procedures as irrecoverable.

We will monitor all outstanding debts to ensure that they are recoverable and will take
prompt action when irrecoverable debts are identified to write them off in accordance
with our financial regulations. These financial regulations include an appropriate level of
authority that has been delegated to officers.
The formal 'writing off' of any debts will not rule out recovery action being taken in the
event that a customer's circumstances change.

Customer Care

In order to ensure customer care we will:

      ensure that debts are collected in an efficient and sympathetic way
      provide advice and guidance on ways to reduce bills and maximise income
      advise customers how to complain if they are unhappy with the service they have
      encourage constructive comments from customers about how we can improve
        our services
      give our customers the opportunity to be involved in shaping the policies and
       procedures that determine how we recover debt
      ensure that services are delivered in the line with our Equality Strategy and that
        they are accessible, including making services physically accessible to people
        with disabilities
All staff involved in the billing, collection, recovery and enforcement of debts will be
trained in customer care.

Customers will be provided with the contact details of the originating department on any
invoices issued in order that they have access to officers with detailed and specific
knowledge of the goods and/or services provided at all times.

As a minimum, offices will be open to take customer queries either by telephone or in
person between the hours of 8:50 am to 5.15 pm Monday to Friday and for selected
services later on a Tuesday and Wednesday and from October 2007, Saturday

All customers will have access to their account information and history, according to the
provisions of the Data Protection Act 1998, and where possible this will be available on

All customers will be encouraged to take ownership of their financial affairs. Whilst it is
not the role of the Council to provide a debt counseling service, where customers are
facing clear financial hardship they will be made aware of external debt counseling
services provided by the Citizens Advice Bureau and other information on how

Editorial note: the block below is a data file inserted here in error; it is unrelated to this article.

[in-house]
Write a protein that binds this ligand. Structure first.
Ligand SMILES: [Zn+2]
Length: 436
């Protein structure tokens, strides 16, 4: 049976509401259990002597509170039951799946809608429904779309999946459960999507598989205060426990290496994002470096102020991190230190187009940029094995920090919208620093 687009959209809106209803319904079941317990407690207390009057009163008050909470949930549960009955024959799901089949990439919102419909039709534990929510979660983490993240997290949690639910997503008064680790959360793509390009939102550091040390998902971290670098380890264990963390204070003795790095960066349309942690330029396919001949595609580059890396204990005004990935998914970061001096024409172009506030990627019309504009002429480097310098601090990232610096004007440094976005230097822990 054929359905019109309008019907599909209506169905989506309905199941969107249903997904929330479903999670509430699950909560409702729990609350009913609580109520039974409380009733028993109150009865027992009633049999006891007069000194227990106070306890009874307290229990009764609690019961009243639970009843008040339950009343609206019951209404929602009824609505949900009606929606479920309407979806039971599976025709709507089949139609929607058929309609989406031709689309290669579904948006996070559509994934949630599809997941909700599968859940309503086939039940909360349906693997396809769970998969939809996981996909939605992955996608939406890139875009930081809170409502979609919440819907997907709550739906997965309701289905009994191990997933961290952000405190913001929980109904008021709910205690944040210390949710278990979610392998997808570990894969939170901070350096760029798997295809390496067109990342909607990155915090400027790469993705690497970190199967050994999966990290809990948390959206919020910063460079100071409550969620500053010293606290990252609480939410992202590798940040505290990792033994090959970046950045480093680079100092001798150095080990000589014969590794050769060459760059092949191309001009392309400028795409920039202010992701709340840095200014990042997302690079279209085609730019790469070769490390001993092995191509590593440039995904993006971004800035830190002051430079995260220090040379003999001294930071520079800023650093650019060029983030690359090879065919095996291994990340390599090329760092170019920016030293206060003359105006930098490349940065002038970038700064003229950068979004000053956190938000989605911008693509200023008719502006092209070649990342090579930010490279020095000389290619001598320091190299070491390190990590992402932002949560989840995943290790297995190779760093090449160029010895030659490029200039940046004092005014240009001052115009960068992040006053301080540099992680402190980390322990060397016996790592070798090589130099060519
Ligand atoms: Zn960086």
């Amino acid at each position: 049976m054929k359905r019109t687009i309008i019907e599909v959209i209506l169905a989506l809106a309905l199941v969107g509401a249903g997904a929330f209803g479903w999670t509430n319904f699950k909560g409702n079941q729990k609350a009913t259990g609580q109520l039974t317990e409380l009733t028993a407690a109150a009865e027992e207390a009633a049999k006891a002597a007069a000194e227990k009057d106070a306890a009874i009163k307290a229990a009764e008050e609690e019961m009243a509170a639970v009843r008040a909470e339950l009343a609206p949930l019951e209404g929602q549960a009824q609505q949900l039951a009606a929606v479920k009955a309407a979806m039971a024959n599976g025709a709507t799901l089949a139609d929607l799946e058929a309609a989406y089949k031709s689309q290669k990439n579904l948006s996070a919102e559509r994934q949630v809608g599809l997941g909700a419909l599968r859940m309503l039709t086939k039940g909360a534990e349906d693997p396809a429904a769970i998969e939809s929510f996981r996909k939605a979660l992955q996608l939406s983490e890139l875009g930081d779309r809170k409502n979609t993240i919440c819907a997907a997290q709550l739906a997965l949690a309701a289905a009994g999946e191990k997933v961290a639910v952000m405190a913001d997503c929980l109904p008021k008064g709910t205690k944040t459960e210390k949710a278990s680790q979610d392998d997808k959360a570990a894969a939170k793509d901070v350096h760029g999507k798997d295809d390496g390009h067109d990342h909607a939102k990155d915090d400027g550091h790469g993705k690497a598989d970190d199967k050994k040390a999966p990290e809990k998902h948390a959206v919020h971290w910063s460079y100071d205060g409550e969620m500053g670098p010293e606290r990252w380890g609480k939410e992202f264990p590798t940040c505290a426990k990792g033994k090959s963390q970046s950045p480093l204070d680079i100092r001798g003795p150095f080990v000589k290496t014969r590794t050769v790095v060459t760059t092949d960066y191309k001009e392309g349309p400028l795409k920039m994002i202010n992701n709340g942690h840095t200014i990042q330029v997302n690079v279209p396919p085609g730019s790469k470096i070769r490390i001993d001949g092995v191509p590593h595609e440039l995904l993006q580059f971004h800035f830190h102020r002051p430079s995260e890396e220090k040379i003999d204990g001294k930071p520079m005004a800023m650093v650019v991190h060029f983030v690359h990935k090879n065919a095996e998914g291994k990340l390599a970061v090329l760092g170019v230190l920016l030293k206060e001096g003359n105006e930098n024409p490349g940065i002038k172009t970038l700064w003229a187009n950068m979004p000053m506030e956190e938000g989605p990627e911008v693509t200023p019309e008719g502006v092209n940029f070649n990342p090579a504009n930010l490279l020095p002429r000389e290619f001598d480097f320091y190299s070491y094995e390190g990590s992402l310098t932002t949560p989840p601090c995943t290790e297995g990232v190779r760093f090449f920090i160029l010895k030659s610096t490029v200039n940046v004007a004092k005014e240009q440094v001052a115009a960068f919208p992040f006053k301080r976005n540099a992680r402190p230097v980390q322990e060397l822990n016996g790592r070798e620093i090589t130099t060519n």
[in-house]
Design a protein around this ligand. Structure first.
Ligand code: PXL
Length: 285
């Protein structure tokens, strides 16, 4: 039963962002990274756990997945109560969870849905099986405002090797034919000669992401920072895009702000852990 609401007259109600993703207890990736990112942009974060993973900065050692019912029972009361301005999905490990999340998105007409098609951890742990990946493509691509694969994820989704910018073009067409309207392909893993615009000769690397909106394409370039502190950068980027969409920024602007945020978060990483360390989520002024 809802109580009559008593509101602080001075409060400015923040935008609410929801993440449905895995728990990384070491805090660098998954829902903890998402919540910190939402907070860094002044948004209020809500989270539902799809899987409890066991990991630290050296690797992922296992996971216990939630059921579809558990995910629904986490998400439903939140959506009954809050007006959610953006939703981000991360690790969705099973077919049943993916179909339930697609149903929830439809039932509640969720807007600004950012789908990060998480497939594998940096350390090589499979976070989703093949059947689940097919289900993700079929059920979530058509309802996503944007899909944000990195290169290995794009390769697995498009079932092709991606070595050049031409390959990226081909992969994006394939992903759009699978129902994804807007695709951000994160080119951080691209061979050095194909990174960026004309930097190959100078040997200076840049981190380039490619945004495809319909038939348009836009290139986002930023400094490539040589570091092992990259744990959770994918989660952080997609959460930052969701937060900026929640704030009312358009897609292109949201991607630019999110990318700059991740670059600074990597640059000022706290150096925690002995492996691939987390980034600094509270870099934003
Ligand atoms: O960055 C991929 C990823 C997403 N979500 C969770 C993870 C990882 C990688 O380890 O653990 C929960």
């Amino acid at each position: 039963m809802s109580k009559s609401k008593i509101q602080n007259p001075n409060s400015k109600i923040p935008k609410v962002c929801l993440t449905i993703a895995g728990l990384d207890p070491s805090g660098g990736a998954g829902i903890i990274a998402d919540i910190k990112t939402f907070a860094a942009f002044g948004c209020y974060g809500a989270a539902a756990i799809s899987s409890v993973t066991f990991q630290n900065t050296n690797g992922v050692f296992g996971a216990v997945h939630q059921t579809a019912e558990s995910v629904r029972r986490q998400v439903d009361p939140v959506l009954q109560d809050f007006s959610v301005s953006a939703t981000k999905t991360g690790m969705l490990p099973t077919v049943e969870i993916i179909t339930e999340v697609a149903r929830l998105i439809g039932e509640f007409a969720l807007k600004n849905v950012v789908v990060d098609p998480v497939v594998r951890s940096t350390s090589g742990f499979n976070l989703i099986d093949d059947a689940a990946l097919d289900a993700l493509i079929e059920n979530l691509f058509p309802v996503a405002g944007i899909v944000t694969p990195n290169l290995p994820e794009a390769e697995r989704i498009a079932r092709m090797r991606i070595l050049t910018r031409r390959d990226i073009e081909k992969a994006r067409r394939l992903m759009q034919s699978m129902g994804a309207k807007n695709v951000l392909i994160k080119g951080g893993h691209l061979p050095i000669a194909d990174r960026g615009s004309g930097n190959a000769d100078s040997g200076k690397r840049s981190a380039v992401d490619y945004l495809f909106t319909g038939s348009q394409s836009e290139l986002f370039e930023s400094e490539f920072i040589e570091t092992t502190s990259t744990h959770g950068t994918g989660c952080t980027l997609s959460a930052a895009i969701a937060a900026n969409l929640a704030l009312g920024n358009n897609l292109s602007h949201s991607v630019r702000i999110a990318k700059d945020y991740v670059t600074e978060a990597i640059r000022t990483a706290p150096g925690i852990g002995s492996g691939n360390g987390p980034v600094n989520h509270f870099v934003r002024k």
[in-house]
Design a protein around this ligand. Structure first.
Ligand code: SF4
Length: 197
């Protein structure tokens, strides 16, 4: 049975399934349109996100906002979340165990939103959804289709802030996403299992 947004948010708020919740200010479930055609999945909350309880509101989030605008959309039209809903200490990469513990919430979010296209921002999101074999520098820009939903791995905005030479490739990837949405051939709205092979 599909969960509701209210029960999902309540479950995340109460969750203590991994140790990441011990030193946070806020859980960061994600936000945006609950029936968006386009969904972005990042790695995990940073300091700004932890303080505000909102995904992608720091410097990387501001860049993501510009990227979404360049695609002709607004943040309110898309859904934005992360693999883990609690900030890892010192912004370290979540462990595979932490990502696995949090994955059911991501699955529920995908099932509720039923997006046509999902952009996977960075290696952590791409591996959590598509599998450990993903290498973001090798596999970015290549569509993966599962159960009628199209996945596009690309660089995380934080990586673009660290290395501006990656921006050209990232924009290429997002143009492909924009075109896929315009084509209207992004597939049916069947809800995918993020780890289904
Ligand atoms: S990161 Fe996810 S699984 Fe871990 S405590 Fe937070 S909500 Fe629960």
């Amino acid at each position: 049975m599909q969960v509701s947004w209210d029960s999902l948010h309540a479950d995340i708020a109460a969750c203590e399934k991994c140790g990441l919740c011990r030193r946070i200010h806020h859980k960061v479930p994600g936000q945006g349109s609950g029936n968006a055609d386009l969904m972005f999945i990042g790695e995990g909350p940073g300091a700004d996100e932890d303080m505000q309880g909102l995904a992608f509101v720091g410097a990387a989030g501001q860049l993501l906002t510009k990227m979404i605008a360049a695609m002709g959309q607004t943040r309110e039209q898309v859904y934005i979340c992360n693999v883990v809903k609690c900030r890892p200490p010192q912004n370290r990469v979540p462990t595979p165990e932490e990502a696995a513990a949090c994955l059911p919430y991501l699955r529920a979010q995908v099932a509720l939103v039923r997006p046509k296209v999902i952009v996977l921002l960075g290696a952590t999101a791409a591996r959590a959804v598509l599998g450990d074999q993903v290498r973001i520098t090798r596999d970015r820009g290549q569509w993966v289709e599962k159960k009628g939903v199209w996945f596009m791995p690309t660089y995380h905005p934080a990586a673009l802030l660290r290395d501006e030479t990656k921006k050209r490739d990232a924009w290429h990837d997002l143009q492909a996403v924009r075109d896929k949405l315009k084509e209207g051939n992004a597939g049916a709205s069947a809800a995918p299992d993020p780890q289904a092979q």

customers can get help and advice with debt. This will include information on help that
can be received from utility companies in remitting all or part of their debts.

The Council will continue to involve and develop further its links with customer groups,
particularly ethnic, disabled and pensioner groups by attendance at focus meetings and
promotional events. This will enable the Council to 'test' customer awareness of the
financial support and discounts/ exemptions that are available together with an
indication as to how 'understandable' the Council‟s billing and recovery documents are.

Efficiency and cost effectiveness

We will seek to ensure that our recovery and enforcement activities are delivered in the
most efficient and cost effective manner. This will include the use of external suppliers
of services such as tracing agents and bailiffs and investigating the use of alternative
suppliers of other recovery, legal and enforcement related services.

The use of external agents will be conducted in accordance with the Council's
procurement and will be delivered in accordance with the agreed code of practice.

We will seek to maximise the use of IT and technology in order to improve efficiency
and ensure the most up-to-date information is available on line where possible to both
the Council and our external agents.

Partnership Arrangements

Relationships with partner organisations are a key component in any Corporate Debt
framework or wider Income Maximisation Strategy. The Council‟s resources and debt
counseling skills are limited and it is unable to assist individuals with complex multiple
debt problems. In response, the Council has developed close relationships with the
Citizen‟s Advice Bureau and the Credit Union and introduced procedures for referring
customers for debt counseling in these situations.

This has involved:

      Appointing a shared debt advice officer with the CAB with funding in 2007. This
       dedicated advisor is a key contact for both the CAB and Council in situations
       where multiple debt problems are identified and there is a threat of
       homelessness. This approach has ensured a professional, sympathetic and
       consistent approach is adopted by the Council. All parties work together using a
       common agreed standard income / expenditure document to determine payment
       arrangements that are acceptable to all parties. This process has enabled help
       and advice on money management and how to prioritise their debts to be
       provided to customers through a variety of measures including the Credit Union